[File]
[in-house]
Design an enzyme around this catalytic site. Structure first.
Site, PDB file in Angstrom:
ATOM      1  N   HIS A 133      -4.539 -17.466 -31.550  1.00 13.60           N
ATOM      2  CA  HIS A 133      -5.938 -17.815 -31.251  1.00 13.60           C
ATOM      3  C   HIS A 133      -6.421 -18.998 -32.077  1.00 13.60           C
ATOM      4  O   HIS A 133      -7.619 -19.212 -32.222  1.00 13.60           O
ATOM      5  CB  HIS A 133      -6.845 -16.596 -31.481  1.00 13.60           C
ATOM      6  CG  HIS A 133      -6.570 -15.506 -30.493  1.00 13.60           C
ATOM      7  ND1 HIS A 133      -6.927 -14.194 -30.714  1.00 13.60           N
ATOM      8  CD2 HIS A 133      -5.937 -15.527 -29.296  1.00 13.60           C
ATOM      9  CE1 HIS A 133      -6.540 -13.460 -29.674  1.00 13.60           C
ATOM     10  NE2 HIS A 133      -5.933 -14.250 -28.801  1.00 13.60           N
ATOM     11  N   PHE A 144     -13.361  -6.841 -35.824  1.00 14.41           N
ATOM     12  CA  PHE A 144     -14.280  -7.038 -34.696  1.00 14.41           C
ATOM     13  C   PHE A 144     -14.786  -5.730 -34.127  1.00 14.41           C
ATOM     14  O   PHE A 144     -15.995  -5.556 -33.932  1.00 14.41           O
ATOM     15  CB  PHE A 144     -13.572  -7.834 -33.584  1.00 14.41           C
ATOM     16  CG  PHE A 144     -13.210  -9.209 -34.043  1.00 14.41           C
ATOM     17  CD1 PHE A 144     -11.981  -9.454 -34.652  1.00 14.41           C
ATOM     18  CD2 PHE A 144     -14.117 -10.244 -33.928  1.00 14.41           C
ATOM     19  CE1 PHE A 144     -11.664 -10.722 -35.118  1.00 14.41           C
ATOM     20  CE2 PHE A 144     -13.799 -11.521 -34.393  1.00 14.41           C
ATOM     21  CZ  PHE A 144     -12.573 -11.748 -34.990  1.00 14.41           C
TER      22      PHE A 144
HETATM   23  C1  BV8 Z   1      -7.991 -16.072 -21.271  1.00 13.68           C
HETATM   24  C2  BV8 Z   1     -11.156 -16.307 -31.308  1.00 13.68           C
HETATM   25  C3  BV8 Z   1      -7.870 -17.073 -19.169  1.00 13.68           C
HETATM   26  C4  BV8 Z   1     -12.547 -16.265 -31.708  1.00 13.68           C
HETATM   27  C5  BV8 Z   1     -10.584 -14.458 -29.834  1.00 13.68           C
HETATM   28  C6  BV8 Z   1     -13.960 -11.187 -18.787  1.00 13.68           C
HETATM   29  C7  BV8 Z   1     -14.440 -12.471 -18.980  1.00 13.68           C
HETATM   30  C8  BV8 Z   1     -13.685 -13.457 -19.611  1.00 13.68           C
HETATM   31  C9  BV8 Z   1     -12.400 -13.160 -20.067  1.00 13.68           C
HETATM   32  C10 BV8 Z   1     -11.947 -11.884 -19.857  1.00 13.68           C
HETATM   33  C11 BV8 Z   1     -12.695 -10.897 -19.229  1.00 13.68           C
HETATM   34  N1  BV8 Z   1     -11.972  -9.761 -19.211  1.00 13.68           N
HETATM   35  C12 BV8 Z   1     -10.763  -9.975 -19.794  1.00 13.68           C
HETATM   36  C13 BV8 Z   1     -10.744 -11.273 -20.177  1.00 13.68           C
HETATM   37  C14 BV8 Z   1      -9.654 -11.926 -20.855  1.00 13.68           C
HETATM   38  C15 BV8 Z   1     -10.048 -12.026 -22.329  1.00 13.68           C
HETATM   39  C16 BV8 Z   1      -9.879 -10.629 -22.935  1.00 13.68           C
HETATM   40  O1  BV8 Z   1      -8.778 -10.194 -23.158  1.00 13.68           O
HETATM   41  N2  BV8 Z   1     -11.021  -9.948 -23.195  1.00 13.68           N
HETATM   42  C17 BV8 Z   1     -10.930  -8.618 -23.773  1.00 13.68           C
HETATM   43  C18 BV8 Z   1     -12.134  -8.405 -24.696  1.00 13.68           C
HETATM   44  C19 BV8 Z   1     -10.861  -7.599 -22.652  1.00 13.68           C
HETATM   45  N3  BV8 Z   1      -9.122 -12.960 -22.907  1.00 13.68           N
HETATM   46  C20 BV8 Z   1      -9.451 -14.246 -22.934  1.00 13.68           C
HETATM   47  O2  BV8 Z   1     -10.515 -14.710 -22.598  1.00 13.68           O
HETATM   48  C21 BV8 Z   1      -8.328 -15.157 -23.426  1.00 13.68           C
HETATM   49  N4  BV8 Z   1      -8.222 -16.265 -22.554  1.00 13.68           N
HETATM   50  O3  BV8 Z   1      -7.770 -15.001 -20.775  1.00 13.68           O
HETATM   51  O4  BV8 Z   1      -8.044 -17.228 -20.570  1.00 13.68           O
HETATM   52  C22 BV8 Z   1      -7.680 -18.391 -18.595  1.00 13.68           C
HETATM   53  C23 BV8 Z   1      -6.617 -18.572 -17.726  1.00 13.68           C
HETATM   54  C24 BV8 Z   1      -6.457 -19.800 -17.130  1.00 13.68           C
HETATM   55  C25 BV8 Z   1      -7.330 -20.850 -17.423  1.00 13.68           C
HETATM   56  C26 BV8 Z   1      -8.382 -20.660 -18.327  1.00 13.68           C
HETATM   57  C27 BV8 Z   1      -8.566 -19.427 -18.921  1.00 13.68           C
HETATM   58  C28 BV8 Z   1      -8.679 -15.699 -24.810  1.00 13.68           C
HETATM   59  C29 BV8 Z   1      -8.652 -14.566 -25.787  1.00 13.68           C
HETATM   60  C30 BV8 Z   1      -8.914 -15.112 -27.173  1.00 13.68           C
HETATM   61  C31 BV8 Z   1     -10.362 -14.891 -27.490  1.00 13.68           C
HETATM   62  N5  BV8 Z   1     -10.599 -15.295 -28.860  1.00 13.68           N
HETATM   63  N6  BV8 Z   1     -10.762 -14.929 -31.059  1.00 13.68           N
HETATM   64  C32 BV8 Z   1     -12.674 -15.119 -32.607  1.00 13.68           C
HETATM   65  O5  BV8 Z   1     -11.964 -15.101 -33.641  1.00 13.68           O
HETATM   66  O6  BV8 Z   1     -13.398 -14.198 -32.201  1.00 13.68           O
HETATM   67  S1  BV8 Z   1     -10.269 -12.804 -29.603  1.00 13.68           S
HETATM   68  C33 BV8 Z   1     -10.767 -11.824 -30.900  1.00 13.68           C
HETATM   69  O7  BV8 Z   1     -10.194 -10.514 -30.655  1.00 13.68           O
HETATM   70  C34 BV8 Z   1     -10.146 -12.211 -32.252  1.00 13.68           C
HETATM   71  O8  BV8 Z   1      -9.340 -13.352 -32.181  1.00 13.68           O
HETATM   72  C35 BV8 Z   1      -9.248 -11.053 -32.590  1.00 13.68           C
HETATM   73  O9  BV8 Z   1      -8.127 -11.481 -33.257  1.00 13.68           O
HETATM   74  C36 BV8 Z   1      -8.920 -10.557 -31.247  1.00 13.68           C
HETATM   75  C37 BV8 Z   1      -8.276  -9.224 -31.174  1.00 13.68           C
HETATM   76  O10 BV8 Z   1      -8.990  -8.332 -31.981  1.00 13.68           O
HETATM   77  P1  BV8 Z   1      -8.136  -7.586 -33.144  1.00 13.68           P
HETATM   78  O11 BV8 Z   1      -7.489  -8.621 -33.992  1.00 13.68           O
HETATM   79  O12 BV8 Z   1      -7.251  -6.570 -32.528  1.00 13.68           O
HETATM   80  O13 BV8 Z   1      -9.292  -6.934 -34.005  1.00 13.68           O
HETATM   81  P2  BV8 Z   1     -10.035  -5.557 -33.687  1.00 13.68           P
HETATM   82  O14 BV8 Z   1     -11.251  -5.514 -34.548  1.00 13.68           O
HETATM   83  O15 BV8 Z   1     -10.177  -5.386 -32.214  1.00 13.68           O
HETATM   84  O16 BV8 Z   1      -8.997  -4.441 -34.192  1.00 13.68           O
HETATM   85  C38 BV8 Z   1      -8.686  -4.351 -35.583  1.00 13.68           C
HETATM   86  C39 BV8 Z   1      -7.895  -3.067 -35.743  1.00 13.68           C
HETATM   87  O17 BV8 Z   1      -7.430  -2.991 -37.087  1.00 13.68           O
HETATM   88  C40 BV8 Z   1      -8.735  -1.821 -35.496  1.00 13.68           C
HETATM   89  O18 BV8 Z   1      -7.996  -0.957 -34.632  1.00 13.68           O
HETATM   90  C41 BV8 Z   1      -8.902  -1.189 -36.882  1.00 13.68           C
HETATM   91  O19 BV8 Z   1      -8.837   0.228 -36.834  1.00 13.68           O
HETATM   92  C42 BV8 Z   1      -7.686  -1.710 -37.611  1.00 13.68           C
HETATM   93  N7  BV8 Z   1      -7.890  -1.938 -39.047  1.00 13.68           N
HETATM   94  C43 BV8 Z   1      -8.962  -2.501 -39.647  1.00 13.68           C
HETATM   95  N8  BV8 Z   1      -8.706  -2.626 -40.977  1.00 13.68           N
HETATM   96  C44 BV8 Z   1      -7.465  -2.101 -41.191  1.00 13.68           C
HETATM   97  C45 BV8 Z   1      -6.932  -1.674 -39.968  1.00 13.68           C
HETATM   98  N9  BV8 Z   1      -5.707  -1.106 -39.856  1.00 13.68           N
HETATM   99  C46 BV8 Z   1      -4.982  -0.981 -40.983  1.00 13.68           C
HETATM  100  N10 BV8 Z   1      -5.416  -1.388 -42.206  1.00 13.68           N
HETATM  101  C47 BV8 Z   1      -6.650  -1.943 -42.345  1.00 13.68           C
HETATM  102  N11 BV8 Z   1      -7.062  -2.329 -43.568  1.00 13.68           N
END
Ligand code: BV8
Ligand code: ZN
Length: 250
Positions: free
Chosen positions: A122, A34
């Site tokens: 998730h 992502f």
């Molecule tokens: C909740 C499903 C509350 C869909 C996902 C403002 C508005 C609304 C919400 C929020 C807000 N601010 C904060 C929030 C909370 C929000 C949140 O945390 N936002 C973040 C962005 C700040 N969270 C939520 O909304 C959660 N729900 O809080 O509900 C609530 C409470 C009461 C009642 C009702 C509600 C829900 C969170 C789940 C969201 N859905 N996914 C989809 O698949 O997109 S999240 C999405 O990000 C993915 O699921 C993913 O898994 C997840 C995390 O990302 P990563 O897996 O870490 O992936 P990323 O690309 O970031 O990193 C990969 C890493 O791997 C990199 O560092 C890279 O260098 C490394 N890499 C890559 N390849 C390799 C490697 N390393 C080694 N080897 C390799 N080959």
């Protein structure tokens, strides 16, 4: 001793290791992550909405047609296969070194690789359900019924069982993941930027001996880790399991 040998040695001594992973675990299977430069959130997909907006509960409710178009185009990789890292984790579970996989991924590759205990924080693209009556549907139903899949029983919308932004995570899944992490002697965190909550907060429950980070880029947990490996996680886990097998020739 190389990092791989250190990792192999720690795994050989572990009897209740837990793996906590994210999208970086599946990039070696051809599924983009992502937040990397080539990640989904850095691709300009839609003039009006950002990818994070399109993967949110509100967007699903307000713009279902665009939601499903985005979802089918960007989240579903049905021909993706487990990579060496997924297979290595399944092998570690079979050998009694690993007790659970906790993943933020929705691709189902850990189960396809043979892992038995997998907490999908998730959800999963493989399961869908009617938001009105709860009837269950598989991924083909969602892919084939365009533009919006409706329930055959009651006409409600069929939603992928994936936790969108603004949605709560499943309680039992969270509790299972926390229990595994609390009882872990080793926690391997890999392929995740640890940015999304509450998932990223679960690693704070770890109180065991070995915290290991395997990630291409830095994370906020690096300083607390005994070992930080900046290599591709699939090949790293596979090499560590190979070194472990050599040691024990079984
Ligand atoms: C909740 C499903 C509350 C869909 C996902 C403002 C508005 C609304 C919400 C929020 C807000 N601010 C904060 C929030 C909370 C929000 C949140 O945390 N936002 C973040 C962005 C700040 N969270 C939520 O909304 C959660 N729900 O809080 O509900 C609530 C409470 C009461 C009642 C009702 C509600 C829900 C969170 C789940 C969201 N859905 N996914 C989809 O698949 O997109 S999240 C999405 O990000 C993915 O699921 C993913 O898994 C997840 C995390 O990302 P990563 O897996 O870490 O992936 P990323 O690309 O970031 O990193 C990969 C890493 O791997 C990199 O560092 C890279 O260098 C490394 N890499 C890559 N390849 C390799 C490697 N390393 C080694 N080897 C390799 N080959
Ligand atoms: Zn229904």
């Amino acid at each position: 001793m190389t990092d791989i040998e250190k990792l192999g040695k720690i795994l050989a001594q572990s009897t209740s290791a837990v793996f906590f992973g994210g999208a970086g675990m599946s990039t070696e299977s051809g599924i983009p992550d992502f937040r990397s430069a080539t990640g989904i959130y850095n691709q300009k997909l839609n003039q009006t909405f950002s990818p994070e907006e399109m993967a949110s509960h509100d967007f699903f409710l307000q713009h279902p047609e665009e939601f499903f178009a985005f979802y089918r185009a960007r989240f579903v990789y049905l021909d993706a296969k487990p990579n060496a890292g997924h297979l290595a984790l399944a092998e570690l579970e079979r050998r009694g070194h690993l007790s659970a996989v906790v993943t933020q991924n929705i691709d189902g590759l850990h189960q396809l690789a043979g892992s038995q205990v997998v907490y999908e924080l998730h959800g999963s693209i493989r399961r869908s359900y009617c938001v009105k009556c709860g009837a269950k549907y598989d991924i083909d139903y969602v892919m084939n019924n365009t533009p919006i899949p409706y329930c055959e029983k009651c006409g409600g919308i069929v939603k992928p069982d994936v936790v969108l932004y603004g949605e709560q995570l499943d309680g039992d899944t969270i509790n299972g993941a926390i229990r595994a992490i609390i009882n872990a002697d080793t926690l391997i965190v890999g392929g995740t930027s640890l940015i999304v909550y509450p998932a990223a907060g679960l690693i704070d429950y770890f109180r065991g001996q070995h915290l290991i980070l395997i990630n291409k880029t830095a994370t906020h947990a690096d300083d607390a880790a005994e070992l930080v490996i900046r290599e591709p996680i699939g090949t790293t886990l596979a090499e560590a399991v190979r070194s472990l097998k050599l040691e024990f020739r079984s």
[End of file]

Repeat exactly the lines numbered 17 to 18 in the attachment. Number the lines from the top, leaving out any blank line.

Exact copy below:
ATOM     14  O   PHE A 144     -15.995  -5.556 -33.932  1.00 14.41           O
ATOM     15  CB  PHE A 144     -13.572  -7.834 -33.584  1.00 14.41           C